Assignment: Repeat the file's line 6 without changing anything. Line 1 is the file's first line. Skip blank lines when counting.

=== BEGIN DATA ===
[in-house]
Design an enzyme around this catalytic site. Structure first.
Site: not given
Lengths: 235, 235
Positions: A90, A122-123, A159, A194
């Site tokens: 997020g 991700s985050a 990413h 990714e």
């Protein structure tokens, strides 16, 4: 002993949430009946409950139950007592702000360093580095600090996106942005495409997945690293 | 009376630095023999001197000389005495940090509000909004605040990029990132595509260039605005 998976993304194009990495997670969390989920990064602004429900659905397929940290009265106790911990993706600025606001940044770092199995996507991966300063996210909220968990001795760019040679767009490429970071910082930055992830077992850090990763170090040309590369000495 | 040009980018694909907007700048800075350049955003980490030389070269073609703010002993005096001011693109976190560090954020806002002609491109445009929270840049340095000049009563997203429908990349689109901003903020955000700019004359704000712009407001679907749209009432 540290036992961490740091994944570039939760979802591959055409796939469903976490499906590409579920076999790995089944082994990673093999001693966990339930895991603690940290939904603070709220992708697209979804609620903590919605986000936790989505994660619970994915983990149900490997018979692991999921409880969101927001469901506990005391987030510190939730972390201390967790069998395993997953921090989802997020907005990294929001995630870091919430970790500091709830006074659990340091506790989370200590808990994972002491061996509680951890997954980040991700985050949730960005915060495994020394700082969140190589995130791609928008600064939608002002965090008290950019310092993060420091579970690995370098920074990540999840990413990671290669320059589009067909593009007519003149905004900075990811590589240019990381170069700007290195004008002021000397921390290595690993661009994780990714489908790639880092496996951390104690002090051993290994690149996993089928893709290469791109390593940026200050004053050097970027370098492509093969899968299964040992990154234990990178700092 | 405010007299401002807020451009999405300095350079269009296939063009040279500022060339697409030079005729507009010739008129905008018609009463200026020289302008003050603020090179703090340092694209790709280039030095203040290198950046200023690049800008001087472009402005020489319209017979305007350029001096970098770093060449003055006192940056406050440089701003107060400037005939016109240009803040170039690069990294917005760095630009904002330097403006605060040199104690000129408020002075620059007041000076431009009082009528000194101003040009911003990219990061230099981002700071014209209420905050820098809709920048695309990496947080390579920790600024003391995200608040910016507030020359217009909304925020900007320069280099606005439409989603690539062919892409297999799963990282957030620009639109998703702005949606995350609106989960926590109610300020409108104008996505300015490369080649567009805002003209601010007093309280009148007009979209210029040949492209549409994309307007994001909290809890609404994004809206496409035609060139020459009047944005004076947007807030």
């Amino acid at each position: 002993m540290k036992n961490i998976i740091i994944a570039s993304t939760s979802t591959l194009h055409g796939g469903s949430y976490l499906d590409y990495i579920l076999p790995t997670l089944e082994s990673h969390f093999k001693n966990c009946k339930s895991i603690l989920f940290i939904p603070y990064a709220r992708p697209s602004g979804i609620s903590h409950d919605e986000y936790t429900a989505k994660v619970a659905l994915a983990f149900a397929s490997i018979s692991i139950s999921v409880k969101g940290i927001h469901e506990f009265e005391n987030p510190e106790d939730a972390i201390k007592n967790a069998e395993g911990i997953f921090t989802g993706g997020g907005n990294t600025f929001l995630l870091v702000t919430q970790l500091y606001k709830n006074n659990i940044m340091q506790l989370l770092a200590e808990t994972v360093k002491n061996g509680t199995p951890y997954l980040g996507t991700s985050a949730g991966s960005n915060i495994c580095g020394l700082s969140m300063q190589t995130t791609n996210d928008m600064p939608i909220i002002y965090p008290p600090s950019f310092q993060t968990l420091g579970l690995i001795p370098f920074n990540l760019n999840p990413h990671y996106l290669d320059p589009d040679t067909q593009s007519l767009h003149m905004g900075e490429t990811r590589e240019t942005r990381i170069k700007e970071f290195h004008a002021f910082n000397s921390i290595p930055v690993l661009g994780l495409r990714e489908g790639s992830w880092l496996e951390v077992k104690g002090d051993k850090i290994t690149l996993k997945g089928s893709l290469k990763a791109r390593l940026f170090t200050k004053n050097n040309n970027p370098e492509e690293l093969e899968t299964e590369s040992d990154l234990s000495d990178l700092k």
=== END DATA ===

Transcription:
């Site tokens: 997020g 991700s985050a 990413h 990714e």